Chapter 6. Expressions for Server-Side Execution

Table of Contents

Server-Side Expressions in General
Arithmetic Operations
String Concatenation
Function Calls
Pre-wrapped functions
Scalar and Aggregate Functions
Writing Your Own Function Wrappers
Relational Operations
predicates and Logical Operations
Collective Comparisons (PostgreSQL only)
Scalar Subqueries

This chapter deals with one component of queries: the part that represents a server-side expression, i.e. an expression to be evaluated by the DBMS.

The simplest of these components are either a value of some mapped type, e.g. 3.14f, or one of the mapper objects that were described in the previous chapter, e.g. points->x.

The features described in this chapter let us build up from there. E.g. there is an infix +, which lets us build 3.14f + points->x. Then we can build on what we have built, and so on.

The simplest components come in a variety of C++ types, e.g. 3.14f is of type float, points->x is of type abstract_mapper<float>; but the components we build will always have the type exprn_mapper<T>, where T is the expression's result type -- i.e. the C++ equivalent of the SQL type to which the expression actually evaluates. So 3.14f + points->x has the type exprn_mapper<float>.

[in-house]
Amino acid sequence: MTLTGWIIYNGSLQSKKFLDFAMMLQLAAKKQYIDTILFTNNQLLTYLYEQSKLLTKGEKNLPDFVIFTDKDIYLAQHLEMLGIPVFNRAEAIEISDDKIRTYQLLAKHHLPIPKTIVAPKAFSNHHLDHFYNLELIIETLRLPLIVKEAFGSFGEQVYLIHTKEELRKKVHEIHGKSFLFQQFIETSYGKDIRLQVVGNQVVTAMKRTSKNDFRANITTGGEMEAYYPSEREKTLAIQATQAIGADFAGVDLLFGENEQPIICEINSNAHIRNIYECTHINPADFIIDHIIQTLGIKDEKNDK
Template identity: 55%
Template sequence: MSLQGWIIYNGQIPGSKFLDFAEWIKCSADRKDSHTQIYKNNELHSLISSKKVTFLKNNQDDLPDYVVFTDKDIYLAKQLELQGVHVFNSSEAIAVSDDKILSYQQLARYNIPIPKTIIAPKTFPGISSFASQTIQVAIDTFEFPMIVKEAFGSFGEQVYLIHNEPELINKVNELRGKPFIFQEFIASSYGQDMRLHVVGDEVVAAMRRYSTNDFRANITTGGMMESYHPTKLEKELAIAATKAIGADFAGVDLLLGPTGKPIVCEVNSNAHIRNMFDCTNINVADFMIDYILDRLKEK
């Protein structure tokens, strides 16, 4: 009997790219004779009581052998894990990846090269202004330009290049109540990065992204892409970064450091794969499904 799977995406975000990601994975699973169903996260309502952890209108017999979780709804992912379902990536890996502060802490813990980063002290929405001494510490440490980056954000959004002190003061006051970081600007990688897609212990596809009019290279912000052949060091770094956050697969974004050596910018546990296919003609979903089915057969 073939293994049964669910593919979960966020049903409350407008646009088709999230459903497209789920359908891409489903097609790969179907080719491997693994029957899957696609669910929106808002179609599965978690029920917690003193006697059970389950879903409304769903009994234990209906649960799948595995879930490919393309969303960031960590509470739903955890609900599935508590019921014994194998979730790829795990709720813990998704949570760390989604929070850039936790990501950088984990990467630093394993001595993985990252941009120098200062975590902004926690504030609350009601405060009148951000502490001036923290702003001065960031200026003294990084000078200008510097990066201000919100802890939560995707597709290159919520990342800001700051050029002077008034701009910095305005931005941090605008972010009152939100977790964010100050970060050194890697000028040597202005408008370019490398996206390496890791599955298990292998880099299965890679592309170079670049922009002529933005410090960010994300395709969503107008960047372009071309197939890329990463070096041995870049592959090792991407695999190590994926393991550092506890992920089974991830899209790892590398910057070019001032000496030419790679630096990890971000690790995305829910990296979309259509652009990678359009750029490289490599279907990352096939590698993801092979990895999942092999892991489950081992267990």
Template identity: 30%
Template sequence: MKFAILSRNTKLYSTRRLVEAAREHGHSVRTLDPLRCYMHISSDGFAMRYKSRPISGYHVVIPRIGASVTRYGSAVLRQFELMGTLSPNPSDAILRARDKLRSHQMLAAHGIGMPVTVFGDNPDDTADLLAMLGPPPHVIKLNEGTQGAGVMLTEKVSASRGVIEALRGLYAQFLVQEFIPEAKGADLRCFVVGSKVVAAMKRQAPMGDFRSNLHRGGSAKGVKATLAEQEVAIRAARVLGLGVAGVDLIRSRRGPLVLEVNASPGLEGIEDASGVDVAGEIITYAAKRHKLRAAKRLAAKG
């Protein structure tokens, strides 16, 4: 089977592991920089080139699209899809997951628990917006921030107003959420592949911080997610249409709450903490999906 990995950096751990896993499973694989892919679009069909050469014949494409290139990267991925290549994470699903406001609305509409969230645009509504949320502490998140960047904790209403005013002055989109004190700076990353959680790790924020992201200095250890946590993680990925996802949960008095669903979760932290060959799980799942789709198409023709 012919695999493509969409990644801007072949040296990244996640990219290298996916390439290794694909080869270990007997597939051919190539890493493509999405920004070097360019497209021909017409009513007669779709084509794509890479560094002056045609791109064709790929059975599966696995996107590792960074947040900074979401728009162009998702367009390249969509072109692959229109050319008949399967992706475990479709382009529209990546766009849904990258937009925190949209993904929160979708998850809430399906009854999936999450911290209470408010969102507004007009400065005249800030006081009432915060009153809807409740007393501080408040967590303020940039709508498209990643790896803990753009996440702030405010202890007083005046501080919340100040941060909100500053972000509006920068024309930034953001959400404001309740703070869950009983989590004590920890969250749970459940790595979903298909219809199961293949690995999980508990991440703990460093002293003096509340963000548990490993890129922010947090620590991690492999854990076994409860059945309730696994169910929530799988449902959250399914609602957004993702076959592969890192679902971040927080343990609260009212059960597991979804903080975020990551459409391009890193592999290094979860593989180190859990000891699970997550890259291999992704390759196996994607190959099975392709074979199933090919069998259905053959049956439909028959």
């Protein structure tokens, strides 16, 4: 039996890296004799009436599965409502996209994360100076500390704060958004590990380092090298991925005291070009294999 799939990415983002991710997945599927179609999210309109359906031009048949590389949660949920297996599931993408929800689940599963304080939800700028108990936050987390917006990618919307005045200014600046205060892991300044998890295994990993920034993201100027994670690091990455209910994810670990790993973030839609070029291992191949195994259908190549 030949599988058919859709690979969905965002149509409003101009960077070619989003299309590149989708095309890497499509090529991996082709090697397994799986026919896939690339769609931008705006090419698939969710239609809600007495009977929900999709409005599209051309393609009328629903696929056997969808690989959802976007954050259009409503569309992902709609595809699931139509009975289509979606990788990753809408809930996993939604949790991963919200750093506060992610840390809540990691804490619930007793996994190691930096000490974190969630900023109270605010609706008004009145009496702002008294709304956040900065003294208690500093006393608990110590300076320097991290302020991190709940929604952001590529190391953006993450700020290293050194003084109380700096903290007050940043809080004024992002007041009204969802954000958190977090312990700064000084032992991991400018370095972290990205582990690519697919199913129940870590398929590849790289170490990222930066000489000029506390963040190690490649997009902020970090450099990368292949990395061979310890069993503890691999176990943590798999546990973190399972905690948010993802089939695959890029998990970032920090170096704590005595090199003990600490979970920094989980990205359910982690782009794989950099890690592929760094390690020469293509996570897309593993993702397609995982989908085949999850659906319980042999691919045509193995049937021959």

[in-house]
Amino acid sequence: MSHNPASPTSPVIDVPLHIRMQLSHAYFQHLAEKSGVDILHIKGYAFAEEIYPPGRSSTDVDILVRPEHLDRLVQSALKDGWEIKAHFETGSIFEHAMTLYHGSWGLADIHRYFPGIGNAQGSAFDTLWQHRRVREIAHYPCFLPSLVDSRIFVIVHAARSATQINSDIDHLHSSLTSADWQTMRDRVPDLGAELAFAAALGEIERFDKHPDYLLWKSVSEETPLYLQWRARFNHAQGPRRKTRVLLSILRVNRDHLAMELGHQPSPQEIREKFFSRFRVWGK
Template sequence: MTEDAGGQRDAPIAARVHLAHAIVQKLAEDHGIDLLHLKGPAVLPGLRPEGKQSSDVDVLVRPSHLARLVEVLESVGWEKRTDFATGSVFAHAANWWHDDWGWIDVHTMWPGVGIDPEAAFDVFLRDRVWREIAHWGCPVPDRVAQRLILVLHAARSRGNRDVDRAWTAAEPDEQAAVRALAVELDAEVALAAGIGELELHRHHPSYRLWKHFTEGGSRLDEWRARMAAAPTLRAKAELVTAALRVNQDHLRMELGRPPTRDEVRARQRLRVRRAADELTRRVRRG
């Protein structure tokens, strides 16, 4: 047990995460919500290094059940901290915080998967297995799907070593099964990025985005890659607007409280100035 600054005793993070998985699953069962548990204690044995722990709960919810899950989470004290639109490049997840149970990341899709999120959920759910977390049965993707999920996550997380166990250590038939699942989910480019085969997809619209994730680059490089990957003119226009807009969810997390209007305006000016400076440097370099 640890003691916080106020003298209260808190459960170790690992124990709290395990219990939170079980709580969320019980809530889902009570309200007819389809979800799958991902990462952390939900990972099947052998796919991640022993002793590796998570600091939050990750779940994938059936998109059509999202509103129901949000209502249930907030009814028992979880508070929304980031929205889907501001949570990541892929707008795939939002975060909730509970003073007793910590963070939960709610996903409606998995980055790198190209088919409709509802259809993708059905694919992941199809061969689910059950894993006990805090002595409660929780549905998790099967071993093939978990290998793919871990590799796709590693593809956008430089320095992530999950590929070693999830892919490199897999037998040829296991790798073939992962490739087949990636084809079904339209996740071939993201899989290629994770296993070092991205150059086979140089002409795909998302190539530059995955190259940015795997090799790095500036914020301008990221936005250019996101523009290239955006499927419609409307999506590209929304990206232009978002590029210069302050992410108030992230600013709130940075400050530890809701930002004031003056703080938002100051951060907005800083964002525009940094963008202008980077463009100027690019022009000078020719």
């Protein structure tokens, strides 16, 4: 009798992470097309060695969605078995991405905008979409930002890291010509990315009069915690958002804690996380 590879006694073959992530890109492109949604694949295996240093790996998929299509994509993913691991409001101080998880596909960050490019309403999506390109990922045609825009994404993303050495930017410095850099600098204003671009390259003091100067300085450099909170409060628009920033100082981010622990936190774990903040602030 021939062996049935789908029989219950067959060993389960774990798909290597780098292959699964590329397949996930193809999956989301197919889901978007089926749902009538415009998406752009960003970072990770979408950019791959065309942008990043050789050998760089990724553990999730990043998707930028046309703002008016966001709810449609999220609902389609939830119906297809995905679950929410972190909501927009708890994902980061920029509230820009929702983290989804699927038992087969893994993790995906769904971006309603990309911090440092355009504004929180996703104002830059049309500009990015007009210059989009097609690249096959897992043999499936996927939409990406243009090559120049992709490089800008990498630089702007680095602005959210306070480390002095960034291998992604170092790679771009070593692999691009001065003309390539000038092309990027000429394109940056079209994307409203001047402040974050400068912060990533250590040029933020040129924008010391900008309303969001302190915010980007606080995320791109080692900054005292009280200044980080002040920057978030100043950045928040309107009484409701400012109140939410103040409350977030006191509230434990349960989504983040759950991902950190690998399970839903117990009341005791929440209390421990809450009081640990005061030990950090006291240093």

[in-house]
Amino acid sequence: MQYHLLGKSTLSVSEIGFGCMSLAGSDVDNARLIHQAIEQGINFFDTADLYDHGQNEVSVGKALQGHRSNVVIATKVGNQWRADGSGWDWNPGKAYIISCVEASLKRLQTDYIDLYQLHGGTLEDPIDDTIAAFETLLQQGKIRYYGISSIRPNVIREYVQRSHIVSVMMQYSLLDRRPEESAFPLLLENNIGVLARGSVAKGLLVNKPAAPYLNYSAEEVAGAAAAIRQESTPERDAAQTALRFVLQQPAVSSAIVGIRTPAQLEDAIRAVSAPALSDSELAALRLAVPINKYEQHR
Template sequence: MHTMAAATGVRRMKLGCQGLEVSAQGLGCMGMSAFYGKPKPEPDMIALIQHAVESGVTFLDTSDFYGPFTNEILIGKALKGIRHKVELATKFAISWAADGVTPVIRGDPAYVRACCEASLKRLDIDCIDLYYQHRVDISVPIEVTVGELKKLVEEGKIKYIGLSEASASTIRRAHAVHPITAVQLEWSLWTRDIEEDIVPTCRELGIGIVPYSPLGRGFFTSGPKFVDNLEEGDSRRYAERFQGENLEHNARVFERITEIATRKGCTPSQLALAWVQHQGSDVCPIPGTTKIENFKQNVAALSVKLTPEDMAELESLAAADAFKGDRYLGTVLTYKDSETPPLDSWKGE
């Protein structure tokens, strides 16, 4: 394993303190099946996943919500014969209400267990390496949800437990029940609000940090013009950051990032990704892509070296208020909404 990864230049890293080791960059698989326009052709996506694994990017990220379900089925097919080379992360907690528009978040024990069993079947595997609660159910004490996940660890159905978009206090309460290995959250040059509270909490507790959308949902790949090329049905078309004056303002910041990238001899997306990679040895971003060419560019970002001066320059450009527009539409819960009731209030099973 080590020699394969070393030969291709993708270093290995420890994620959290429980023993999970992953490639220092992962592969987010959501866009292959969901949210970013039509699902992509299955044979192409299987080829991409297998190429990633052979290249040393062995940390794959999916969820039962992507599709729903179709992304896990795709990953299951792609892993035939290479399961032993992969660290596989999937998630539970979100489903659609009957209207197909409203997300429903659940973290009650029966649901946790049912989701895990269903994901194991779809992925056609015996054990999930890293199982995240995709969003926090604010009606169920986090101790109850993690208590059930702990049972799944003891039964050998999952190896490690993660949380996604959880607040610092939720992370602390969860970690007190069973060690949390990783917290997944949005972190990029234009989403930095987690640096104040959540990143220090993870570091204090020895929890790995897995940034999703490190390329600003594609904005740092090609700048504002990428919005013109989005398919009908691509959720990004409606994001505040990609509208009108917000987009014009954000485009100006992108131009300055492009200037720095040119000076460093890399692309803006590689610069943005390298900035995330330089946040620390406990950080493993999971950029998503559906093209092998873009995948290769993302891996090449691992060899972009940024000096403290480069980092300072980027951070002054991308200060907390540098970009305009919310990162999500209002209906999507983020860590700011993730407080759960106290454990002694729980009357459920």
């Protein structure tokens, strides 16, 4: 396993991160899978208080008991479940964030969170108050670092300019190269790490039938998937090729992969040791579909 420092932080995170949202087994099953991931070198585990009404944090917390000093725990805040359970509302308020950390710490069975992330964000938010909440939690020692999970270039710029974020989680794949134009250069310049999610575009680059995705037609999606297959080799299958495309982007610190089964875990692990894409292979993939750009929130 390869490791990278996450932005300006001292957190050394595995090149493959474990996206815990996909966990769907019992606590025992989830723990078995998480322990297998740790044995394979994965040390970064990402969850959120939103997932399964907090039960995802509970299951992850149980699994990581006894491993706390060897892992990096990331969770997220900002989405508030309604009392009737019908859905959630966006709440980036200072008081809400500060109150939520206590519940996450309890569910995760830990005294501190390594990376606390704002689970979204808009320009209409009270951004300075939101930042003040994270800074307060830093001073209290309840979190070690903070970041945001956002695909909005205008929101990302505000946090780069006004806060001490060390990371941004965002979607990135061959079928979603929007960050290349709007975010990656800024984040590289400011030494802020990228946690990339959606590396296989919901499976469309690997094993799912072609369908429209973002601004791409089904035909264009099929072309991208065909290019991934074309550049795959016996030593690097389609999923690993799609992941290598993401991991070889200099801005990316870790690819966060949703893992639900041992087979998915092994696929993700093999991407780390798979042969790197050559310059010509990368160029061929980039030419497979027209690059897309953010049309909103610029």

It would seem that, for any mapped type T, a wide range of C++ types can represent server-side expressions with result type T:

  • There is T itself.
  • If T is a polymorphically mapped type (like float), then there is abstract_mapper<T>.
  • If T is a statically mapped type, then there is some optional_mapper, tuple_mapper or class_mapper class.
  • There is exprn_mapper<T>.

Will this make our lives difficult (or at least repetitive) when we try to write code that deals with any server-side expression with result type T?

Fortunately we can shorten the list, by folding some of the cases into others. In the statically mapped case, the mapper class is always a subclass of abstract_mapper<T>. And, for the sake of shortening the list further, quince defines exprn_mapper<T> as a subclass of abstract_mapper<T>. So the types we need to consider separately are two:

  • T
  • abstract_mapper<T>

For example, if we want to write a function that takes as an argument any server-side expression with result type uint16_t, we need just two overloads:

oscars_before(uint16_t cutoff) {
    return oscars.where(oscars->year < cutoff);

oscars_before(const abstract_mapper<uint16_t> &cutoff) {
    return oscars.where(oscars->year < cutoff);

But maybe we don't want even that much repeated code. Then we have alternatives.

exprn_mapper<T> supports implicit conversions from T and from abstract_mapper<T>. So we can take advantage of those:

oscars_before(const exprn_mapper<uint16_t> &cutoff) {
    return oscars.where(oscars->year < cutoff);

Or we can use a template:

template<typename Arg>
oscars_before(const Arg &cutoff) {
    return oscars.where(oscars->year < cutoff);

which leaves the type checking in the hands of quince's <.